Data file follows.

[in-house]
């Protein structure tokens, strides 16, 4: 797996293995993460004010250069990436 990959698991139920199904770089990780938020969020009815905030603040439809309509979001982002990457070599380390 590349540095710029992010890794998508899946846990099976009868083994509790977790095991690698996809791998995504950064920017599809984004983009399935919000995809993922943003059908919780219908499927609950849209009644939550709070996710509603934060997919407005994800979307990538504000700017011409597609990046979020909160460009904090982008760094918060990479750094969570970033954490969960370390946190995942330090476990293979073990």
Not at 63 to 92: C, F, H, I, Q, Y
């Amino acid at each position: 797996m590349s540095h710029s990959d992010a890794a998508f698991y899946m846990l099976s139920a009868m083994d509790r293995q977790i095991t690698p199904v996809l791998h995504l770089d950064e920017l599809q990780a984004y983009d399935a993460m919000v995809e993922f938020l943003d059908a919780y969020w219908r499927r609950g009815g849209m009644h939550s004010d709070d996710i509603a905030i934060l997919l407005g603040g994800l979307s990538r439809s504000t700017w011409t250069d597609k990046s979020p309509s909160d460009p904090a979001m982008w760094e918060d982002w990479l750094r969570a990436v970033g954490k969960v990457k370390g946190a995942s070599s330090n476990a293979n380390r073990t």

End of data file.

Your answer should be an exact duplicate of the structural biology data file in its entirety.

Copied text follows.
[in-house]
């Protein structure tokens, strides 16, 4: 797996293995993460004010250069990436 990959698991139920199904770089990780938020969020009815905030603040439809309509979001982002990457070599380390 590349540095710029992010890794998508899946846990099976009868083994509790977790095991690698996809791998995504950064920017599809984004983009399935919000995809993922943003059908919780219908499927609950849209009644939550709070996710509603934060997919407005994800979307990538504000700017011409597609990046979020909160460009904090982008760094918060990479750094969570970033954490969960370390946190995942330090476990293979073990």
Not at 63 to 92: C, F, H, I, Q, Y
């Amino acid at each position: 797996m590349s540095h710029s990959d992010a890794a998508f698991y899946m846990l099976s139920a009868m083994d509790r293995q977790i095991t690698p199904v996809l791998h995504l770089d950064e920017l599809q990780a984004y983009d399935a993460m919000v995809e993922f938020l943003d059908a919780y969020w219908r499927r609950g009815g849209m009644h939550s004010d709070d996710i509603a905030i934060l997919l407005g603040g994800l979307s990538r439809s504000t700017w011409t250069d597609k990046s979020p309509s909160d460009p904090a979001m982008w760094e918060d982002w990479l750094r969570a990436v970033g954490k969960v990457k370390g946190a995942s070599s330090n476990a293979n380390r073990t």